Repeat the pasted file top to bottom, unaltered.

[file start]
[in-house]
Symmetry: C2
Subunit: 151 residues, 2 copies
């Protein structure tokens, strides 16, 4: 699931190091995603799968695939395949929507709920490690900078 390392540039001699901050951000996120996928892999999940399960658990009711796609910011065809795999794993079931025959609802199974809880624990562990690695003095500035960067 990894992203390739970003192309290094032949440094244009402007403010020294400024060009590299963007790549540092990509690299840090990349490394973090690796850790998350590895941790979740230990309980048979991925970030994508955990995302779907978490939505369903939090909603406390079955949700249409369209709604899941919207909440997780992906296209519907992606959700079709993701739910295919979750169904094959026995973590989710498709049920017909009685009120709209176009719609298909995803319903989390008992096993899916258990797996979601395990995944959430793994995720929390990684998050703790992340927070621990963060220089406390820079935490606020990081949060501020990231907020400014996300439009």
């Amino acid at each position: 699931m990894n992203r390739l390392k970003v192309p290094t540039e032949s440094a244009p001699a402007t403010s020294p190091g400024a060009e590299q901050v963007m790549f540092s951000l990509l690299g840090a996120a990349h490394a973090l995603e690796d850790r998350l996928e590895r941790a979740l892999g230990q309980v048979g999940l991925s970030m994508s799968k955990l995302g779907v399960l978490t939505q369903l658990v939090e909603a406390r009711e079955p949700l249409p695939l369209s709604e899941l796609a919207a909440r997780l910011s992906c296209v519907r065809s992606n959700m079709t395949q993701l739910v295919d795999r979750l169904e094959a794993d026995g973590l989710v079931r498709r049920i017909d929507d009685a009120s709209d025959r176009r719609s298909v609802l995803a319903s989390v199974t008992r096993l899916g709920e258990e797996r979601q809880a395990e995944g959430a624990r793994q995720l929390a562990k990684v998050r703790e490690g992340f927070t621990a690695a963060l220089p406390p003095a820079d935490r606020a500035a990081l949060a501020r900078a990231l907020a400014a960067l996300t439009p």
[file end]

[in-house]
Symmetry: C2
Subunit: 151 residues, 2 copies
């Protein structure tokens, strides 16, 4: 699931190091995603799968695939395949929507709920490690900078 390392540039001699901050951000996120996928892999999940399960658990009711796609910011065809795999794993079931025959609802199974809880624990562990690695003095500035960067 990894992203390739970003192309290094032949440094244009402007403010020294400024060009590299963007790549540092990509690299840090990349490394973090690796850790998350590895941790979740230990309980048979991925970030994508955990995302779907978490939505369903939090909603406390079955949700249409369209709604899941919207909440997780992906296209519907992606959700079709993701739910295919979750169904094959026995973590989710498709049920017909009685009120709209176009719609298909995803319903989390008992096993899916258990797996979601395990995944959430793994995720929390990684998050703790992340927070621990963060220089406390820079935490606020990081949060501020990231907020400014996300439009």
């Amino acid at each position: 699931m990894n992203r390739l390392k970003v192309p290094t540039e032949s440094a244009p001699a402007t403010s020294p190091g400024a060009e590299q901050v963007m790549f540092s951000l990509l690299g840090a996120a990349h490394a973090l995603e690796d850790r998350l996928e590895r941790a979740l892999g230990q309980v048979g999940l991925s970030m994508s799968k955990l995302g779907v399960l978490t939505q369903l658990v939090e909603a406390r009711e079955p949700l249409p695939l369209s709604e899941l796609a919207a909440r997780l910011s992906c296209v519907r065809s992606n959700m079709t395949q993701l739910v295919d795999r979750l169904e094959a794993d026995g973590l989710v079931r498709r049920i017909d929507d009685a009120s709209d025959r176009r719609s298909v609802l995803a319903s989390v199974t008992r096993l899916g709920e258990e797996r979601q809880a395990e995944g959430a624990r793994q995720l929390a562990k990684v998050r703790e490690g992340f927070t621990a690695a963060l220089p406390p003095a820079d935490r606020a500035a990081l949060a501020r900078a990231l907020a400014a960067l996300t439009p």